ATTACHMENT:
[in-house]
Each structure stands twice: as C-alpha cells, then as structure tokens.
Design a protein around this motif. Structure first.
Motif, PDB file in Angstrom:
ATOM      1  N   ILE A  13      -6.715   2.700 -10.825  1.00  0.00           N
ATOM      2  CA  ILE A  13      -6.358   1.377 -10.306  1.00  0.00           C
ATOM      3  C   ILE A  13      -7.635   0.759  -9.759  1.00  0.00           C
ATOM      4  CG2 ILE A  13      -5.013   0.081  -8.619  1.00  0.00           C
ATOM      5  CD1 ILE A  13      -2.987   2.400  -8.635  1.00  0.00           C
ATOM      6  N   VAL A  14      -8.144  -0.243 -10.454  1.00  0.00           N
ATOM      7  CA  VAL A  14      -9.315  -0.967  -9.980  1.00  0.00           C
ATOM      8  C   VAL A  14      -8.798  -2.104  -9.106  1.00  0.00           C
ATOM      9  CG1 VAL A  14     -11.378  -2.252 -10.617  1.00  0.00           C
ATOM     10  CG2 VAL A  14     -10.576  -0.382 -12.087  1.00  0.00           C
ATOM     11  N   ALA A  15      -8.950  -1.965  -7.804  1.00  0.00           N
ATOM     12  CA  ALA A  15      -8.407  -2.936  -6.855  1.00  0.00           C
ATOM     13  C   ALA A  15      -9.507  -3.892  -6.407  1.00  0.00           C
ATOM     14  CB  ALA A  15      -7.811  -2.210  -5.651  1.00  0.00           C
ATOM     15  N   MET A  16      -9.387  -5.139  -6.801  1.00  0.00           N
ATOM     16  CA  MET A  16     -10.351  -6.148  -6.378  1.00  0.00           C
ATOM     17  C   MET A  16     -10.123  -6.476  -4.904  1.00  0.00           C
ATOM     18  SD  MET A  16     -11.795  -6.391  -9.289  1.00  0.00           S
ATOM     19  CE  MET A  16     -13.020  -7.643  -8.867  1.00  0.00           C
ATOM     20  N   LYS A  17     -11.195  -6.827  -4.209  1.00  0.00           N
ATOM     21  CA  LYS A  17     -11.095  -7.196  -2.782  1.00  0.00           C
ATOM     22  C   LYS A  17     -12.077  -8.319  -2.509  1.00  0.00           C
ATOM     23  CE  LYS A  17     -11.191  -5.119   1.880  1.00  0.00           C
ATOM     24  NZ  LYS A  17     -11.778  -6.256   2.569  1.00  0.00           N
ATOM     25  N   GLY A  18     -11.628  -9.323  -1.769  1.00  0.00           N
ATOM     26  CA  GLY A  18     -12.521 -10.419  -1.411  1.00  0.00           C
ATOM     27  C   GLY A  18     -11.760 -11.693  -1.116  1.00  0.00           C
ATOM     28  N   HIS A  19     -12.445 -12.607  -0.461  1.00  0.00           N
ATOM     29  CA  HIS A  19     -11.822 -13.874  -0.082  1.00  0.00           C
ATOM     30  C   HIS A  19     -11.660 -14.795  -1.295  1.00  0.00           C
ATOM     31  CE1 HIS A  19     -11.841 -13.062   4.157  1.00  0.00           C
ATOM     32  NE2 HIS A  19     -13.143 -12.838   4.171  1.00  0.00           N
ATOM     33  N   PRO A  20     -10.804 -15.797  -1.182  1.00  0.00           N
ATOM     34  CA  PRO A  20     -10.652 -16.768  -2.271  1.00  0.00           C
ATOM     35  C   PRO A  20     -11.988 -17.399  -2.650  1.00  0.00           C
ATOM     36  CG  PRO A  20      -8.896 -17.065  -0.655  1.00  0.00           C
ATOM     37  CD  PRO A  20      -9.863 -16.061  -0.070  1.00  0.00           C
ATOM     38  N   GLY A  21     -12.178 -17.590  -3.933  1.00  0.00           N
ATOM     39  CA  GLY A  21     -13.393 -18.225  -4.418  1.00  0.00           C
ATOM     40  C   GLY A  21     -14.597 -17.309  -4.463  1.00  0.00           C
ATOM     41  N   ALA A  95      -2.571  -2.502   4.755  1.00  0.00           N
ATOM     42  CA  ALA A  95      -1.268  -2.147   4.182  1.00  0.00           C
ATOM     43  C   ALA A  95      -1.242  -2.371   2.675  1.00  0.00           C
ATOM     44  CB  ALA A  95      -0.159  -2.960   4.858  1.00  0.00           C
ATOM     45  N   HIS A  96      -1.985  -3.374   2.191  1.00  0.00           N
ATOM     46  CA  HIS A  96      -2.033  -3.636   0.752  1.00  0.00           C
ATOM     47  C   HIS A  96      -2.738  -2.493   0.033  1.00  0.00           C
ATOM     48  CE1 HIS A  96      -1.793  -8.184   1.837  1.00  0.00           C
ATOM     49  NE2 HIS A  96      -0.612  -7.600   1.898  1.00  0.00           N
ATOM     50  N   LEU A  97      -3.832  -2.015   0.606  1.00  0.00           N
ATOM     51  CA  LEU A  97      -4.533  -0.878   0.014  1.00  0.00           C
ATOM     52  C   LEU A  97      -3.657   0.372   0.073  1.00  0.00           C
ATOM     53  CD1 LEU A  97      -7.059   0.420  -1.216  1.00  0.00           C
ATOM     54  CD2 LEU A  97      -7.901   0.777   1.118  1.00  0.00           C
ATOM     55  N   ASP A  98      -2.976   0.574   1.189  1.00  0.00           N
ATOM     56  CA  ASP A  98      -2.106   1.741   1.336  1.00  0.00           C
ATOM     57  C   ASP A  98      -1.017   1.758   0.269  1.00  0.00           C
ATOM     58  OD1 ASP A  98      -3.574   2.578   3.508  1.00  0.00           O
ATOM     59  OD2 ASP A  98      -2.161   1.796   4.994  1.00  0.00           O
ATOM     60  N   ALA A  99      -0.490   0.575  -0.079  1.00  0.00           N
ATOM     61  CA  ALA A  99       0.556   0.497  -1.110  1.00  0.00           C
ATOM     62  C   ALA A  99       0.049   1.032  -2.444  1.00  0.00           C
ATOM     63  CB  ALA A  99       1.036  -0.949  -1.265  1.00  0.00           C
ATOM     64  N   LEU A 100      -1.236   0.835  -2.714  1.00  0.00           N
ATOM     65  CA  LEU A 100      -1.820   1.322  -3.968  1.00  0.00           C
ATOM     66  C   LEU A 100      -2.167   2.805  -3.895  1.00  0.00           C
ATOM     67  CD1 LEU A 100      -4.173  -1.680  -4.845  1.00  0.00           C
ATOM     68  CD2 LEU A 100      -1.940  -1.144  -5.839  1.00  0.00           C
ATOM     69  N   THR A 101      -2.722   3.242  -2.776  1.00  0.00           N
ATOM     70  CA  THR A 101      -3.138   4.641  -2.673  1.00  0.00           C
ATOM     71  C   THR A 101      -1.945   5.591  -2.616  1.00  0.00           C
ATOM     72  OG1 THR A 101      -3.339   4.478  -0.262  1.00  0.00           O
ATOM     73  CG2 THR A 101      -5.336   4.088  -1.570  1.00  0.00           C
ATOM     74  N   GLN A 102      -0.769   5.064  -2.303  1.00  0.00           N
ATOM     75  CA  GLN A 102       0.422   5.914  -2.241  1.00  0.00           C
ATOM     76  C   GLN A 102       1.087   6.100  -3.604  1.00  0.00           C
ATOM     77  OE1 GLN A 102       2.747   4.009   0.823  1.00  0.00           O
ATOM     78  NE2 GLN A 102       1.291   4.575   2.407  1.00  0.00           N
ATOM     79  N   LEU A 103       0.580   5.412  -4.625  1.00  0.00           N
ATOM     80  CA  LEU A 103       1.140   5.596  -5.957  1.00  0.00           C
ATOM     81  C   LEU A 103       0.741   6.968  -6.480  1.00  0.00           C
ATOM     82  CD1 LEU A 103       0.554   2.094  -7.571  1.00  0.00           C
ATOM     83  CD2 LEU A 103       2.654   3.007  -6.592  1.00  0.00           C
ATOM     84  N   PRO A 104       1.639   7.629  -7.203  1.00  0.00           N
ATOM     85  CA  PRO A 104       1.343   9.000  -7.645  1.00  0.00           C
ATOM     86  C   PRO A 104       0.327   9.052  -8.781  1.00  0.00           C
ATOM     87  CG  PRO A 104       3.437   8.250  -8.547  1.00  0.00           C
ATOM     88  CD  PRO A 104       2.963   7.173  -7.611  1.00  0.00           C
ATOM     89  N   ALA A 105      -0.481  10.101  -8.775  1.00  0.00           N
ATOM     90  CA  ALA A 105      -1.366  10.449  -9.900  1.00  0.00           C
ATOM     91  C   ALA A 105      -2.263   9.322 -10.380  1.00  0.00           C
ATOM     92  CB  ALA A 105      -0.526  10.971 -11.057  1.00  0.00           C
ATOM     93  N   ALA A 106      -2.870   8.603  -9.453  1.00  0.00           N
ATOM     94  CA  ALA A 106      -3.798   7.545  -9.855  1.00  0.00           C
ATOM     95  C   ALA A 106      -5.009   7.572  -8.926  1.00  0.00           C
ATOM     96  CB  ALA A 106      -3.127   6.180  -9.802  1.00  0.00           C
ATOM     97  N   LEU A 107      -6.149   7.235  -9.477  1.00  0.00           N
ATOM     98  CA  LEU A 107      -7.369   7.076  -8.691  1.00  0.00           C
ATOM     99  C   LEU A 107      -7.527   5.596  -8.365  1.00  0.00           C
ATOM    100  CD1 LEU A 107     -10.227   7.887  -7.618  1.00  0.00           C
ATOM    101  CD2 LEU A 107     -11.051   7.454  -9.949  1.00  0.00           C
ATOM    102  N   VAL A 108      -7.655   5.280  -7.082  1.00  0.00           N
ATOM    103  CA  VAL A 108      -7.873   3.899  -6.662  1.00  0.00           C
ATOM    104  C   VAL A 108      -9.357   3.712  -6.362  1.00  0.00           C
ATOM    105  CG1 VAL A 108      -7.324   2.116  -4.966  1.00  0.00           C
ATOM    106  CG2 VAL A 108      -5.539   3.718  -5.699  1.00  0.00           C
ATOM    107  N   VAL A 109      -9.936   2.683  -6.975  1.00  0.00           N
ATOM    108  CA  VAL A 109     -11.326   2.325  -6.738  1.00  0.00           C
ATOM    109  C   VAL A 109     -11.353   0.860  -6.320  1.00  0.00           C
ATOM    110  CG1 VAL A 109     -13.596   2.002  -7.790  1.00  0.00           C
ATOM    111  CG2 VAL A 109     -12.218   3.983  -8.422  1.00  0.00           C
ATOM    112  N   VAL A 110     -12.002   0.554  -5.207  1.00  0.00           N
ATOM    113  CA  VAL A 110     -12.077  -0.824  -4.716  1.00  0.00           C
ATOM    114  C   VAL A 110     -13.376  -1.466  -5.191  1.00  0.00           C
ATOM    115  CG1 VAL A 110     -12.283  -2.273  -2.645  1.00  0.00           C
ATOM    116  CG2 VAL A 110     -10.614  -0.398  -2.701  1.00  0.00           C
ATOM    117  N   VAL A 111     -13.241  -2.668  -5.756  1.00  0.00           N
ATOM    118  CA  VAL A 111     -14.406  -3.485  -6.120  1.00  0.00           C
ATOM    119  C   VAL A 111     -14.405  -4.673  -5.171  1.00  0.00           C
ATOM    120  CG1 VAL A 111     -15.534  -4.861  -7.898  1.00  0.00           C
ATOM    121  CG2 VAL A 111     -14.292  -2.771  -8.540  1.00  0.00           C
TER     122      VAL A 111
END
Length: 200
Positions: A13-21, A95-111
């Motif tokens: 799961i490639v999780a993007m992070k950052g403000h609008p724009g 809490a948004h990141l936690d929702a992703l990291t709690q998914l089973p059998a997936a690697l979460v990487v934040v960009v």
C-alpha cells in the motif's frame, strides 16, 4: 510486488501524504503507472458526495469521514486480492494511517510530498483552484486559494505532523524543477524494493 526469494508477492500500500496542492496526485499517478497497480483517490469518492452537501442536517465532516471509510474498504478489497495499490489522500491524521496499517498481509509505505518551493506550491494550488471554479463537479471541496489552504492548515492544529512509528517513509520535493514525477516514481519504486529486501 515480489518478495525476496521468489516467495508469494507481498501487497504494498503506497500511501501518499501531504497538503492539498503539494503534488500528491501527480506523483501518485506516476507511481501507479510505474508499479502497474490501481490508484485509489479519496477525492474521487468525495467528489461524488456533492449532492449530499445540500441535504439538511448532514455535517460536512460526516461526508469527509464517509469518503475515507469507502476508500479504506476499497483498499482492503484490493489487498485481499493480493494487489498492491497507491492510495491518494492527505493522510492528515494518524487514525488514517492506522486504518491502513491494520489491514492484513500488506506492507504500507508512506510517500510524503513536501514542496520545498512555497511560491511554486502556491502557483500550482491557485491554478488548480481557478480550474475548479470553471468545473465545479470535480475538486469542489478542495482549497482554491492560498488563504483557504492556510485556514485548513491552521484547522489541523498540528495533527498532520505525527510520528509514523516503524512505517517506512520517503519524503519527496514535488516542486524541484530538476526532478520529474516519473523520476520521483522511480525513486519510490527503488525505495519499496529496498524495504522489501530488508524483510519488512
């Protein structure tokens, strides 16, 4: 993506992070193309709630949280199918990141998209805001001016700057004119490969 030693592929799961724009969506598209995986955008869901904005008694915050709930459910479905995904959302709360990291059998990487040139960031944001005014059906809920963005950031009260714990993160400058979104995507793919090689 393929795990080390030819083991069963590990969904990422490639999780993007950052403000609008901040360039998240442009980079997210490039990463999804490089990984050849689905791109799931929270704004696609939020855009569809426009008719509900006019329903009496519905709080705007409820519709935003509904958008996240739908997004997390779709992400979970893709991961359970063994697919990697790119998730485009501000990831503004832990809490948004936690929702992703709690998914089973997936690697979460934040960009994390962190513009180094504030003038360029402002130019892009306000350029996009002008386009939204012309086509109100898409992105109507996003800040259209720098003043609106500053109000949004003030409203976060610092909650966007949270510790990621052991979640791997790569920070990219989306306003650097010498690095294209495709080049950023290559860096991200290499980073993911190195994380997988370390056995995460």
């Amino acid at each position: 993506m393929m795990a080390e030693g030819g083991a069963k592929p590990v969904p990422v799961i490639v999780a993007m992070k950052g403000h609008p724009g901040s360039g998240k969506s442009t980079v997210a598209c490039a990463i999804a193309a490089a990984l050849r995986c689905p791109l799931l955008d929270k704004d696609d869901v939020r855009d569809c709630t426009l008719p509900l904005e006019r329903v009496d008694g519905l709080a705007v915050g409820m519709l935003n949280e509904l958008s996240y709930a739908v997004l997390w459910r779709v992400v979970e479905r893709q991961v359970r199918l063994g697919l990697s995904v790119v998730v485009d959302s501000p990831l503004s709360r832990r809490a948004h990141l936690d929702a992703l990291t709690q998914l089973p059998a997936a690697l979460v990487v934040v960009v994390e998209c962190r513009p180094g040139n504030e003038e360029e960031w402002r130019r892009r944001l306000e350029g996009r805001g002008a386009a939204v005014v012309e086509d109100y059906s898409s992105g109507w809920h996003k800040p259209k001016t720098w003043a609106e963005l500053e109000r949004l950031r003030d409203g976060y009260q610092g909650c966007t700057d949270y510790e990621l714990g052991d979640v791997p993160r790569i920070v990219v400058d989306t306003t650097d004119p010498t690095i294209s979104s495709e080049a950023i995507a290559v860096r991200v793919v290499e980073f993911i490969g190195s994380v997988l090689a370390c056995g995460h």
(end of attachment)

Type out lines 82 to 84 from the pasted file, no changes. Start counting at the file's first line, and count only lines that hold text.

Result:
ATOM     78  NE2 GLN A 102       1.291   4.575   2.407  1.00  0.00           N
ATOM     79  N   LEU A 103       0.580   5.412  -4.625  1.00  0.00           N
ATOM     80  CA  LEU A 103       1.140   5.596  -5.957  1.00  0.00           C